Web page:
Dispositional Properties

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SIU Press, Aug 14, 2008 - Philosophy - 226 pages
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In Dispositional Properties, David Weissman attacks a problem central to the philosophy of mind and, by implication, to the theory of being: Are there potentialities, capabilities, which dispose the mind to think in one way rather than another?

The volume is arranged in the form of four arguments that converge upon a single point. First, there is an intricate discussion of the shortcomings of Hume's account of mind as ideas and impressions. Next comes a brief treatment of the arguments of some of Weissman's contemporaries, including Carnap and Braithwaite. Third, Weissman discusses Wittgenstein's theories of learning and knowledge. Finally, there is a full discussion of Aristotle and his doctrine of potentialities.

The question this book ultimately raises is how to steer between a doctrine of mind as no more than a series of acts, on the one hand, and a doctrine of mind as a kind of unitary object, on the other. The solution is to show first of all that there must be a potentiality in the universe, and then to show clearly and in detail that the mind is shot through with that potentiality.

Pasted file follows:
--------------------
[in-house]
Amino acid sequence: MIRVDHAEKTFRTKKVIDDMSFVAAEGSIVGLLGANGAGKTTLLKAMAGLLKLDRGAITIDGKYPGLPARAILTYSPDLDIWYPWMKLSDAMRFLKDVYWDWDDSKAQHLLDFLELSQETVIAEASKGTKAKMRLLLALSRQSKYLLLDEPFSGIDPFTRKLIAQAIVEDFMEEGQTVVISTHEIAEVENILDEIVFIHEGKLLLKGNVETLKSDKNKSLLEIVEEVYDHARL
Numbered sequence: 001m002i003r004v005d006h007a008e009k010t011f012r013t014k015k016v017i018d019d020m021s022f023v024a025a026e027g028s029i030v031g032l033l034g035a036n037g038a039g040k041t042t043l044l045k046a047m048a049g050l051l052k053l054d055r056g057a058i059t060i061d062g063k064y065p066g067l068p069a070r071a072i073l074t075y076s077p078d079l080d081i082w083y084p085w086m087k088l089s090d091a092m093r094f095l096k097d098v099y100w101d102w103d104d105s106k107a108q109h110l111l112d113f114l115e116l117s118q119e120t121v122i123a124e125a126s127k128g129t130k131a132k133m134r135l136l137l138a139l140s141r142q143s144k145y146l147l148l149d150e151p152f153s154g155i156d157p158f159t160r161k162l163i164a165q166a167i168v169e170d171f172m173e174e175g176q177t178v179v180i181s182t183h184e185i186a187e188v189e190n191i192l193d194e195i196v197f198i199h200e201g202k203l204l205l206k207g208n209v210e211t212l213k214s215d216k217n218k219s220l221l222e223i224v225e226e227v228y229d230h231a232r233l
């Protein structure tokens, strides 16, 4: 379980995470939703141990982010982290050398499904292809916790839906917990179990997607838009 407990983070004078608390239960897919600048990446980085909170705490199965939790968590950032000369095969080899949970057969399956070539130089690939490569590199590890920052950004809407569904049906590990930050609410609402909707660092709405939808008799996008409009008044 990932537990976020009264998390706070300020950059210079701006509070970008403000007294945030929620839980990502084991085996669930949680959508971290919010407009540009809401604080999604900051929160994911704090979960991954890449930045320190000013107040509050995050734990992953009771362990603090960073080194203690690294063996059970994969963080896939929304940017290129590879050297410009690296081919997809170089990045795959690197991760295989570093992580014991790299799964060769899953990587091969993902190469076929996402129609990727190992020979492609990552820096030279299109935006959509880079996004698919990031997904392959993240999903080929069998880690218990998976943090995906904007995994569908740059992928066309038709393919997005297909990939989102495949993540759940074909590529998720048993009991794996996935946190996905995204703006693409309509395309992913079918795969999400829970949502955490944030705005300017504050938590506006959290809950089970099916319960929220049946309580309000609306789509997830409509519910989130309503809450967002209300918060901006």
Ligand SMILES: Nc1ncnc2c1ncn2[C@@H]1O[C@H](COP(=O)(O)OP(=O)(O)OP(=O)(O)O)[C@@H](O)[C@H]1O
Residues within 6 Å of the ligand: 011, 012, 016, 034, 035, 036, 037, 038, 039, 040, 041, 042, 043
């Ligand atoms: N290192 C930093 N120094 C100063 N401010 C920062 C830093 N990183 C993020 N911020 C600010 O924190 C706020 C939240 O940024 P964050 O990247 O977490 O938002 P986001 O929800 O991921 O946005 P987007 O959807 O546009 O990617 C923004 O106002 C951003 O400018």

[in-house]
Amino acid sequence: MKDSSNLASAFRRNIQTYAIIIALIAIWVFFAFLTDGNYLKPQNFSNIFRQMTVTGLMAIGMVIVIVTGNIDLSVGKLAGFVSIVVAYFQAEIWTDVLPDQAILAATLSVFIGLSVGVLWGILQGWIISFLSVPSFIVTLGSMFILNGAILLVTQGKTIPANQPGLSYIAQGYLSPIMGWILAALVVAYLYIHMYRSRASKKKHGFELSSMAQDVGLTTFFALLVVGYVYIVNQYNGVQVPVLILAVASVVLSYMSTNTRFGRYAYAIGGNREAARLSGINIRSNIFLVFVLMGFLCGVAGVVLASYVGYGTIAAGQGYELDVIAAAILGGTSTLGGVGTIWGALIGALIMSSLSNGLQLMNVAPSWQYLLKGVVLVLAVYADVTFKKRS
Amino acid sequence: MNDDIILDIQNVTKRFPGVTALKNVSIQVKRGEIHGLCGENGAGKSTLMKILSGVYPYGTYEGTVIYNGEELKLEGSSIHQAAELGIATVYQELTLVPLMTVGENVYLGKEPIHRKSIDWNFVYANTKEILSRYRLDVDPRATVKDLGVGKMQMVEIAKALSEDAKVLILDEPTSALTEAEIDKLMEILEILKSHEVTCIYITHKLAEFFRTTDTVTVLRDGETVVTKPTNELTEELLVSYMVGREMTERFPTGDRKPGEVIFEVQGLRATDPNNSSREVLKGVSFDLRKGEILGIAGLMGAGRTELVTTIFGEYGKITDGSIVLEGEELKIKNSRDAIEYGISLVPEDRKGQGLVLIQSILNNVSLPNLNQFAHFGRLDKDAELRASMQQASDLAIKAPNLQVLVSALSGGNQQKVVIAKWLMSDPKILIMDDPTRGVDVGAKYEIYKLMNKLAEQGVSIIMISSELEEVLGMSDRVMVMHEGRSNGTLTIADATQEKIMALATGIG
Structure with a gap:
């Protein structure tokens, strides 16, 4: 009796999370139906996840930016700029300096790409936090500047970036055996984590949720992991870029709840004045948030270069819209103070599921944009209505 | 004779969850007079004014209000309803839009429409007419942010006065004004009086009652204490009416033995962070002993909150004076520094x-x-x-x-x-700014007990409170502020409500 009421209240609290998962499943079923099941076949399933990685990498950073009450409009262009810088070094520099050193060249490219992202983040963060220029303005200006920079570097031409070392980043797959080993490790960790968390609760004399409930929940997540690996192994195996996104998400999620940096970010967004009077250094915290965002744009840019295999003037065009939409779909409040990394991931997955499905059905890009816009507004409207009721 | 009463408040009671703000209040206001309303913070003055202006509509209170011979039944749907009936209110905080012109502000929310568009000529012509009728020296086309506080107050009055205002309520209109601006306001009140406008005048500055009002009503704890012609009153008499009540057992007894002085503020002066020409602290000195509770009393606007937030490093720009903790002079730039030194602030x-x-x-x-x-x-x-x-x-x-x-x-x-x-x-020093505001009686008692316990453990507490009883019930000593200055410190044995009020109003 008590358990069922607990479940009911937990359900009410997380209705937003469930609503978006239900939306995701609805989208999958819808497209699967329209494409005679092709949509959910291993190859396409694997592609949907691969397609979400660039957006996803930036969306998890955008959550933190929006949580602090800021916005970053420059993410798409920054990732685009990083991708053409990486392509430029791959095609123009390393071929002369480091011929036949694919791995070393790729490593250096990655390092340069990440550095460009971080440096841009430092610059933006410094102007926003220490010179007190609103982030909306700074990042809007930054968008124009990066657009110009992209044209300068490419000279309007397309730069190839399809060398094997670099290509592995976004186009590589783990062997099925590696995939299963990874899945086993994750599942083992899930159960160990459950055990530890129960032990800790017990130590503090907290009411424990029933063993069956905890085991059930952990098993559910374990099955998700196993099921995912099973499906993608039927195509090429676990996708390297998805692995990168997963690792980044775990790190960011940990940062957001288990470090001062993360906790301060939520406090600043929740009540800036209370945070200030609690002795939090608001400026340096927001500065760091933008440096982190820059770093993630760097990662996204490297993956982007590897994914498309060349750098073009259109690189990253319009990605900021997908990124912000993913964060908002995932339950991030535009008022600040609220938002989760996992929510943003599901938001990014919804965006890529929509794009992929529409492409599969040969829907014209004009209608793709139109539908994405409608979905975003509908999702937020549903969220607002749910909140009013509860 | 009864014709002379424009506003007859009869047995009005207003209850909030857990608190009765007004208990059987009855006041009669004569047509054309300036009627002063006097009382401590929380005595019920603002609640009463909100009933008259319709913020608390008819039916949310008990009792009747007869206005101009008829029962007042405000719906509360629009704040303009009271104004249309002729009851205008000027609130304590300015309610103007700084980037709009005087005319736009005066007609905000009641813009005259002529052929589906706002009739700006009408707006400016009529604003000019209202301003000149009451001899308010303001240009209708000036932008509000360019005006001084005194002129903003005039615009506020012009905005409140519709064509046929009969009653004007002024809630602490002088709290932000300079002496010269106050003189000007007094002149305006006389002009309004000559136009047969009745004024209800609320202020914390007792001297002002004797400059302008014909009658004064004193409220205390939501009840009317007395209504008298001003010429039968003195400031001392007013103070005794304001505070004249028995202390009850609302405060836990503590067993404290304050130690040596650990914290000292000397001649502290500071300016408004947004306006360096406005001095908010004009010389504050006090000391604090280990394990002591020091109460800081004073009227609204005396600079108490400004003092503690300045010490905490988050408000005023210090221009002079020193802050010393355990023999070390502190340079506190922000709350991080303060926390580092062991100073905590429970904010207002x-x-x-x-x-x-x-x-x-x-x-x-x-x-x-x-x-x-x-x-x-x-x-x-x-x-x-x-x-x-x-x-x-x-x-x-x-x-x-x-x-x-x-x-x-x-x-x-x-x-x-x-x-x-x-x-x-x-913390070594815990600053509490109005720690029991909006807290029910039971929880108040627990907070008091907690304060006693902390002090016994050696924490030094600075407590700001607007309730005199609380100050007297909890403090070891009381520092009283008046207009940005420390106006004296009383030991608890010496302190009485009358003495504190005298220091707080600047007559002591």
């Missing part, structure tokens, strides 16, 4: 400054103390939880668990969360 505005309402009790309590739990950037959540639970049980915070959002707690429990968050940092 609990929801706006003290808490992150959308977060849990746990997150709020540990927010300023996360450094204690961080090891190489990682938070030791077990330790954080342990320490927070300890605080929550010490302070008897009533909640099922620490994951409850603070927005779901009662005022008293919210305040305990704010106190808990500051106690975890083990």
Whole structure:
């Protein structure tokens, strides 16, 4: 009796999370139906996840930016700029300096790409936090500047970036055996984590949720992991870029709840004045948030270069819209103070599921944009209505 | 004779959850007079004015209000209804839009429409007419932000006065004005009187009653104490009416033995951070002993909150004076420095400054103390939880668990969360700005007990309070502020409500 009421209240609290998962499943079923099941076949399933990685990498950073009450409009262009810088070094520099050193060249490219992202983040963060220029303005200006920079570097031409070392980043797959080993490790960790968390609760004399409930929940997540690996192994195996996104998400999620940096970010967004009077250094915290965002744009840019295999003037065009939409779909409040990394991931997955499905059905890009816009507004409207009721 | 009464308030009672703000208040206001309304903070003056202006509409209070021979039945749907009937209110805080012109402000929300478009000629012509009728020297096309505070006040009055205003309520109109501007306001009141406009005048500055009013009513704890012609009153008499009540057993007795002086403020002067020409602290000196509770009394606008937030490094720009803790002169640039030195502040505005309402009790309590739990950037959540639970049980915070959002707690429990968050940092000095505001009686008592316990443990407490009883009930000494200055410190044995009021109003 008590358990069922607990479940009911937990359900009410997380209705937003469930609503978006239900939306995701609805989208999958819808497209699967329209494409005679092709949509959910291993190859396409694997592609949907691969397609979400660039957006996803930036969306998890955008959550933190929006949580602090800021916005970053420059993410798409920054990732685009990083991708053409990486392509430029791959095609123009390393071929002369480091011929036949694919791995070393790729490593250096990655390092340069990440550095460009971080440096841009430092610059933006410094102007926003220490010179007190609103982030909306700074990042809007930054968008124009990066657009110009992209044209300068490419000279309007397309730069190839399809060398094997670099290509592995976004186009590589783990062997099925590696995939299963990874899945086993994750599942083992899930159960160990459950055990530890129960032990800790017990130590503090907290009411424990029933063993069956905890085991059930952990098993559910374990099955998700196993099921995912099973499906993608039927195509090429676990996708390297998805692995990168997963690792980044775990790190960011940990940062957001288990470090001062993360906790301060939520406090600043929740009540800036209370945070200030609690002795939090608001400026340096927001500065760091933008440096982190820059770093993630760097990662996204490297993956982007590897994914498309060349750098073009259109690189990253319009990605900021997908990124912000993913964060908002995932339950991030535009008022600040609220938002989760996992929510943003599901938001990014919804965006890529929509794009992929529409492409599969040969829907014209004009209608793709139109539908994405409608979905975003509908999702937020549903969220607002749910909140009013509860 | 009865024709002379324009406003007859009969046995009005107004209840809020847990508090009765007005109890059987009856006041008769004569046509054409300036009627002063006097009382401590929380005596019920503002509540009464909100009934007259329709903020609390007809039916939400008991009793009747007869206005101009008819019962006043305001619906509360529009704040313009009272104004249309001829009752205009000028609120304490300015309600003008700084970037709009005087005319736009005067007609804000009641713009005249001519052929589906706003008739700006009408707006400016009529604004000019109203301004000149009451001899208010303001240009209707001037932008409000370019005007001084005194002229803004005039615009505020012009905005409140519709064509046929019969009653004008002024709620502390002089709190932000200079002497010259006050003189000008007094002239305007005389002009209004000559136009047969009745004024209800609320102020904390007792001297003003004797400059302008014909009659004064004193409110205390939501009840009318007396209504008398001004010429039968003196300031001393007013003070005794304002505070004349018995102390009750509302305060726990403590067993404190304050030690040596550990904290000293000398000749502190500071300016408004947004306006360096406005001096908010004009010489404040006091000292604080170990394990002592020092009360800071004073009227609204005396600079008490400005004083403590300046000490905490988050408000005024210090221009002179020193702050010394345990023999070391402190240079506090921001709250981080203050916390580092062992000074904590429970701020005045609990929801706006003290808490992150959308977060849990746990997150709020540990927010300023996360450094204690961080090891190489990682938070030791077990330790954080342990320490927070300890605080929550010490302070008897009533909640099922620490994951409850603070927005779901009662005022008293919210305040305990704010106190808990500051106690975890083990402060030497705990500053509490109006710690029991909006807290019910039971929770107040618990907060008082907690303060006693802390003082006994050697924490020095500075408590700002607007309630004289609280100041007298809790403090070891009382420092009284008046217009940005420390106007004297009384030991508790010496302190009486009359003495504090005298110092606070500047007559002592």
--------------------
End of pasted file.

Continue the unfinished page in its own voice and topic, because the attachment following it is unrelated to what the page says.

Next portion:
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Contents

Introduction
3
His Realist Sympathies and Reductionist Convictions
17
2 Counterfactual Conditionals
83
3 The Existence of Nonintrospectable Mental States
119
4 Real Potentiality
159
Epilogue
194
Notes
201
Index
211
Author Bio
217
Back Cover
218
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About the author (2008)

David Weissman is a professor of philosophy at the City College of New York. He is the author of several books, including Styles of Thought, The Cage, Lost Souls, and A Social Ontology.

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